Ocean Albatros docks in Rügen’s Sassnitz. From here we start our excursion by bus. The trip goes past the Jalsmund with its white chalk cliff to Cape Arkona on the northernmost tip of Rügen. Here we can get an impression of the Wends’ fortifications. We visit to the old Hanseatic town of Stralsund, one of the most important historic cities in Northeast Germany, before returning to Sassnitz and our ship.


GDANSK, A CRUSADERS’ STRONGHOLD IN POLAND. Optional excursion to worlds largest brick castle, the UNESCO world heritage Malbork Castle.

We dock in the Gdynia, the port city of Gdansk.  

Today it is possible to take part in an excursion by bus to the nearby over 1000-year-old city of Gdansk, Poland’s maritime capital.

The beautiful city centre and the shopping street between the Golden Gate and the Green Gate is worth seeing. The courthouse and the Neptune Fountain also help to make the city something very special.

Gdansk is probably best known for its tumultuous history and the city was largely razed to the ground during World War II. Today, however, it is not marked by this and has been rebuilt, so that the old traditions of architecture have come into their own.

Today it is possible to join an optional coach excursion "Malbork Castle and Gdansk old town sightseeing". From Gdansk we drive to nearby Malbork or Marienburg, where we will take a trip back to the Middle Ages of the Baltic Sea. We visit the huge castle complex of the German Knights. The so-called Teutonic Crusaders were originally a hospital order that was transformed into a military order in the 13th century. The order became more and more active in the Baltics as the influence in Palestine faded, and with the blessing of Pope Honorius, they embarked on a centuries-long crusade against the Baltic tribes accused of murdering Christian priests and missionaries. The order received the blessing of both the dukes and the pope to retain and control conquered lands and eventually came to rule the entire area between the German Empire to Latvia and the border with present-day Finland.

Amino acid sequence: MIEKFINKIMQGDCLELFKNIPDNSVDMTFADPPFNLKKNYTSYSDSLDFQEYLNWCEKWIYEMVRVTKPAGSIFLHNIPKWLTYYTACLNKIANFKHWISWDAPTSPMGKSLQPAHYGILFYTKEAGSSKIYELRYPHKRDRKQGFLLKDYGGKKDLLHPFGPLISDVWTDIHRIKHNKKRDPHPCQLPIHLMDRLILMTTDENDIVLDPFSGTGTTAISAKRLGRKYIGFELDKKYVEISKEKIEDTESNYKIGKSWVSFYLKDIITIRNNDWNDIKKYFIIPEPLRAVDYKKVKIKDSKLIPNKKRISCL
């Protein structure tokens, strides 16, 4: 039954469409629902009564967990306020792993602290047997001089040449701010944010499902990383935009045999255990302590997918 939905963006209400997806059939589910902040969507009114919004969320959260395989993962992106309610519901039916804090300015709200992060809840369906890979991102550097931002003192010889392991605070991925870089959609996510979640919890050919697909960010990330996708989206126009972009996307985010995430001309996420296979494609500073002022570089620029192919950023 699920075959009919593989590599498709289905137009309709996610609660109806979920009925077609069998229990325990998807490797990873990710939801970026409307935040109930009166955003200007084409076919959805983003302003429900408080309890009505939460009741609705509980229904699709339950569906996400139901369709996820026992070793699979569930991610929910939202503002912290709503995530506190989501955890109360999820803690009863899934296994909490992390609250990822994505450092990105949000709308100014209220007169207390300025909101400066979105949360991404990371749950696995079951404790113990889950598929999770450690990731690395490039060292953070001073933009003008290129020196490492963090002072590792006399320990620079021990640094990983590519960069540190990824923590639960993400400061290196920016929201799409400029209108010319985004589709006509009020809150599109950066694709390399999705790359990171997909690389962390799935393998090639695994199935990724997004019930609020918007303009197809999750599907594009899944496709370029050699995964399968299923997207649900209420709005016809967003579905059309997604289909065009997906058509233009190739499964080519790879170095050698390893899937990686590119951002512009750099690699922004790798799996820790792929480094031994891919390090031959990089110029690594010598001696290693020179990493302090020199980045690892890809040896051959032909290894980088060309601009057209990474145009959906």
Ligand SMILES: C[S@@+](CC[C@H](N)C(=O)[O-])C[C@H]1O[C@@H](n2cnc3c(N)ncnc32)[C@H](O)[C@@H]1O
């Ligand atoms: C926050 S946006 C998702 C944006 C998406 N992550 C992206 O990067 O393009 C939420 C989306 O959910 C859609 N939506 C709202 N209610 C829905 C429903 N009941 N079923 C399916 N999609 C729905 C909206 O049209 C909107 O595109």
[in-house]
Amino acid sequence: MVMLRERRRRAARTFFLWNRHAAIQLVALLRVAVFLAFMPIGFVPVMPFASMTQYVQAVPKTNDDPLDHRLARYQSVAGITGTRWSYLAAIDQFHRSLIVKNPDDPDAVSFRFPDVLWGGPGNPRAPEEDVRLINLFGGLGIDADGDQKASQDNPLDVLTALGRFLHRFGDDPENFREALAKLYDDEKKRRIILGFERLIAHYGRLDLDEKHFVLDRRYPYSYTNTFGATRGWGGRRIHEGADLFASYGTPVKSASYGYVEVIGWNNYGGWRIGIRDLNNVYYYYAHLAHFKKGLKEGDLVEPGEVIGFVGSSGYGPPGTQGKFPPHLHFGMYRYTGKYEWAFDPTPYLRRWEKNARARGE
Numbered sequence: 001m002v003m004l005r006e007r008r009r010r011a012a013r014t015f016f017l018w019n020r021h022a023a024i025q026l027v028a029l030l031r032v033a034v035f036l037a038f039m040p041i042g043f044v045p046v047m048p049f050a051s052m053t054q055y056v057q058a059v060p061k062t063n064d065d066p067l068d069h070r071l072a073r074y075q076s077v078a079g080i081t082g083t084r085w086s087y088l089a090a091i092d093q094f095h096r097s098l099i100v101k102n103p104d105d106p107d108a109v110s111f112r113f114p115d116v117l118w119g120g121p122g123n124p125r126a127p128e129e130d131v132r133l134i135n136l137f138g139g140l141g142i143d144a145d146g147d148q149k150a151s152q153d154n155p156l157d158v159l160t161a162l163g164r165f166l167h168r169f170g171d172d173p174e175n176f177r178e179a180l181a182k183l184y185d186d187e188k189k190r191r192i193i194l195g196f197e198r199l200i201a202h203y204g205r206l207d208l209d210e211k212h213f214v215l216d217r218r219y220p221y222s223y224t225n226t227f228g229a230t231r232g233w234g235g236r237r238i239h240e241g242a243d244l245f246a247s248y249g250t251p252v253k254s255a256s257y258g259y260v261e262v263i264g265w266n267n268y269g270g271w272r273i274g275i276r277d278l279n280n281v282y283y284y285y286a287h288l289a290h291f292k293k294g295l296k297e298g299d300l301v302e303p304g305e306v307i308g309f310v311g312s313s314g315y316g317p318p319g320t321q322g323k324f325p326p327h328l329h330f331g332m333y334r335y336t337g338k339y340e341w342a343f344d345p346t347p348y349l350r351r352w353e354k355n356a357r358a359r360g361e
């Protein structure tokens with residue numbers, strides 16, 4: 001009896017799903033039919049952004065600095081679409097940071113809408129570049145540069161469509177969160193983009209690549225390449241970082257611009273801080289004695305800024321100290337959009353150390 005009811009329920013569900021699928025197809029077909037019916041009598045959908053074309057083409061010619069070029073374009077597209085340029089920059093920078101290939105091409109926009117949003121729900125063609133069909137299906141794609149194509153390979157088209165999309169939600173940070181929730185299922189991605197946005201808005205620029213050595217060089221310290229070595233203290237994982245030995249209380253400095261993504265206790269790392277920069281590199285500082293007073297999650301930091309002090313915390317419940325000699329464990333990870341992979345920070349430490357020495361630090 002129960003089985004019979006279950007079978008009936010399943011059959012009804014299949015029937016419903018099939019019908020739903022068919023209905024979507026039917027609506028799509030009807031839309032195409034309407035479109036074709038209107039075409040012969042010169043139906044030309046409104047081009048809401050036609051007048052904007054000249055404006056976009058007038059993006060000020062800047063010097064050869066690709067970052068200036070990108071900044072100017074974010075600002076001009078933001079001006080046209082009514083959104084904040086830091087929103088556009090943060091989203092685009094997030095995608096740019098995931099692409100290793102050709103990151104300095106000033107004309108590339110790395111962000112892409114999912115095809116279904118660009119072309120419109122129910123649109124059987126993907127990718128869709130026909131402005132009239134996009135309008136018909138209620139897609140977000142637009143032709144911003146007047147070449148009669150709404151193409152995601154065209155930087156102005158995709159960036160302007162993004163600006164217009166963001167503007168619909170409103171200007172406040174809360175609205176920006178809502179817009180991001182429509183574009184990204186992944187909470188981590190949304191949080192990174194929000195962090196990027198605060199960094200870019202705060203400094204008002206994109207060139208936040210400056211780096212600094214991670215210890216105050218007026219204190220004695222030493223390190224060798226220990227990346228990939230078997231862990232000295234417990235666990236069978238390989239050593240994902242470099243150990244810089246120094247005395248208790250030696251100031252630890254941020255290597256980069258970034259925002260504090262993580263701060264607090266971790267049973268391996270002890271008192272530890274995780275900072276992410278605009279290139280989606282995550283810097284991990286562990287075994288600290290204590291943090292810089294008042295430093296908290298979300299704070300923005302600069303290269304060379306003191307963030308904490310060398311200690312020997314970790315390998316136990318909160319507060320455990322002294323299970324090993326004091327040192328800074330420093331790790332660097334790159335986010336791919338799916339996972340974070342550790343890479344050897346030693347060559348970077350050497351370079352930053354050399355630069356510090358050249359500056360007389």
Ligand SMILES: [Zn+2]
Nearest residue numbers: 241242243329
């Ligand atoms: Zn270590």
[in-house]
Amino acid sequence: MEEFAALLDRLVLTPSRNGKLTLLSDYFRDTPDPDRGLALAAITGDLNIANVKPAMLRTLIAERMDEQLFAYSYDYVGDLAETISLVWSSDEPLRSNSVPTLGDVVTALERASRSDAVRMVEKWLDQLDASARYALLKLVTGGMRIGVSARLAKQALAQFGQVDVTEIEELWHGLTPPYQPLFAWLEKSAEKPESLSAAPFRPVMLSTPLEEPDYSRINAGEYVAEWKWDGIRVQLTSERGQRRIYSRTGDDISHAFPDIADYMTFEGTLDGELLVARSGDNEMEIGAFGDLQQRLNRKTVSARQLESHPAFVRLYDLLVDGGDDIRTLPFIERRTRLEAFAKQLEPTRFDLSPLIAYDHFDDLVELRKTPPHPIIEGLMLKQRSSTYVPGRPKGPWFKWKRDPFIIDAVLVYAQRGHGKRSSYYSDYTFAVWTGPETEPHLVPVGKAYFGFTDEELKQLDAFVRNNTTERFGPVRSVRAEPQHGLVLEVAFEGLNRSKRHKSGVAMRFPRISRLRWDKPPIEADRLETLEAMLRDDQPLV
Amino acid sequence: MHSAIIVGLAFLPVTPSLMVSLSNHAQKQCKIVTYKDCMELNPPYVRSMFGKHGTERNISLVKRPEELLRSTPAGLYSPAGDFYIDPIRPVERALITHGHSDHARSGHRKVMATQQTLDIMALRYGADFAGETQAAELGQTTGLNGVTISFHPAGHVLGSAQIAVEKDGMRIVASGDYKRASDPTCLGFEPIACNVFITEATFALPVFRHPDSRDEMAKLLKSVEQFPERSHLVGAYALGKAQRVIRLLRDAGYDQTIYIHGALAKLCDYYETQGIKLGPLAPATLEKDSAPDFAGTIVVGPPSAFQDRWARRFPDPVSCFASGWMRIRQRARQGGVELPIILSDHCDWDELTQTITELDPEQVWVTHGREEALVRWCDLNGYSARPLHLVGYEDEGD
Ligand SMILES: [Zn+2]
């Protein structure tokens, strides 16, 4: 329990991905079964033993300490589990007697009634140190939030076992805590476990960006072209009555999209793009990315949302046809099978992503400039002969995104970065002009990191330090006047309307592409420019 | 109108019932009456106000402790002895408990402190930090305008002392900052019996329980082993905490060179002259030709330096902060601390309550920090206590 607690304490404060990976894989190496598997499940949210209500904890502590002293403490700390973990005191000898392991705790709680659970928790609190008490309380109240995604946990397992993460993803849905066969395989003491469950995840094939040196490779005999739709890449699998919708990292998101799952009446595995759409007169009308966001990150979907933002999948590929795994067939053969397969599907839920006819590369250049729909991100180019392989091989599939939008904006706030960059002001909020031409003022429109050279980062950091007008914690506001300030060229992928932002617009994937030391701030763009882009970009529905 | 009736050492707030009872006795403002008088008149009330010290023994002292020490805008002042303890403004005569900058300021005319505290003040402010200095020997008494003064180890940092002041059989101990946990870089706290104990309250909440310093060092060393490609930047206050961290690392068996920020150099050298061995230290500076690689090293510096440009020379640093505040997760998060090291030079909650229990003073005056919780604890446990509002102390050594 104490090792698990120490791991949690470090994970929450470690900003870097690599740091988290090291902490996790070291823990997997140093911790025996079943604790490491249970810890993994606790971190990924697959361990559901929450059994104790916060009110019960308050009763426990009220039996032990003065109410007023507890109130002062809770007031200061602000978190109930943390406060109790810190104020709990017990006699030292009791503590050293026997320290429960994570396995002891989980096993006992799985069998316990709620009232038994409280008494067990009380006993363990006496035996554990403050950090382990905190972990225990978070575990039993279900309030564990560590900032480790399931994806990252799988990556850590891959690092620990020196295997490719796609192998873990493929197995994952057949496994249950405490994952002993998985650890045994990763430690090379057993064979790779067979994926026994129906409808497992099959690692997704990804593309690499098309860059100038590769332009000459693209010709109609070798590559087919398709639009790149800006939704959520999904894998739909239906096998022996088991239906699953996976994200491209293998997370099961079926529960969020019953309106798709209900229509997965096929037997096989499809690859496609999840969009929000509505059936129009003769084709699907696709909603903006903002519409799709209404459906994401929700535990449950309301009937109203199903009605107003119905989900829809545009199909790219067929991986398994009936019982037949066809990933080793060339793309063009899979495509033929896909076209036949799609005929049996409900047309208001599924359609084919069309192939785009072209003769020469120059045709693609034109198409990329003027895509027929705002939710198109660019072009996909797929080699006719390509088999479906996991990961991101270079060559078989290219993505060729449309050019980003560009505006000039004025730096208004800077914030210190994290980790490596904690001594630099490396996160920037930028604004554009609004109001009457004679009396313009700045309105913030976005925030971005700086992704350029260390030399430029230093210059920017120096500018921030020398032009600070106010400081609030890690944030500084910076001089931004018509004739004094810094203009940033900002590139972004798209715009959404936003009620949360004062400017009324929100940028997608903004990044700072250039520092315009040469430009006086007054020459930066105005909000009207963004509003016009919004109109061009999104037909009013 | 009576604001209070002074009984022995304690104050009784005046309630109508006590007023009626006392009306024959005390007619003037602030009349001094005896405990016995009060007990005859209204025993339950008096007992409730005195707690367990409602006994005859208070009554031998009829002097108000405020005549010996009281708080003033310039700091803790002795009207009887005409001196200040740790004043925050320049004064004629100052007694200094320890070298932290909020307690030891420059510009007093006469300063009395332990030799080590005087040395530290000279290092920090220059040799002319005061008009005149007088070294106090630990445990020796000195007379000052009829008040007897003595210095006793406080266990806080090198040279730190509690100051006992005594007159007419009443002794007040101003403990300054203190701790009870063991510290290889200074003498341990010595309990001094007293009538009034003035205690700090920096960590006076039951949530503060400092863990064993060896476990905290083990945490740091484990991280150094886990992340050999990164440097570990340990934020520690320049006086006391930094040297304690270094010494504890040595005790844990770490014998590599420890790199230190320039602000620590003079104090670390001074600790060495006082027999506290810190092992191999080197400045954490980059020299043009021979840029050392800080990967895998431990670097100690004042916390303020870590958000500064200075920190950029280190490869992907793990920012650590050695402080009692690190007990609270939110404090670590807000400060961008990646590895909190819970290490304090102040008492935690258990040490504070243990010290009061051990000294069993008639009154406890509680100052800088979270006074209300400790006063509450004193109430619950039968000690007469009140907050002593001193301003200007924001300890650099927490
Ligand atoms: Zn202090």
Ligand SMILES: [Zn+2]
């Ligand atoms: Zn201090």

We drive back to the port of Gdynia and our ship, and we continue our voyage to the northeast through the Baltic Sea. The excursion "Malbork castle and Gdansk old city sightseeing" is not included in the price and should be booked separately.


City of Klaipéda, Lithuania. Possibility to experience the Hill of Witches and the Dead Dunes

Klaipeda or Memel, as the Germans called the city in the period from 1252 to 1918, when they ruled the area. When the first crusaders came, there was only an empty coastline, and they quickly defeated the local pagan Baltic tribes. To fortify the natural harbour area at mouth of the Curonian Inland Lake, the castle Memelburg was built. German artisans and traders gradually settled, not least because of the membership of the Hanseatic League.

In 1923, the city was annexed by Lithuania and changed its name to Klaipéda. Today, the city is clearly marked by the wealth of earlier times, even though large parts of the city were destroyed during World War II. The centre is beautifully rebuilt, and you feel the ancient ambiance as you stroll through the cobbled streets.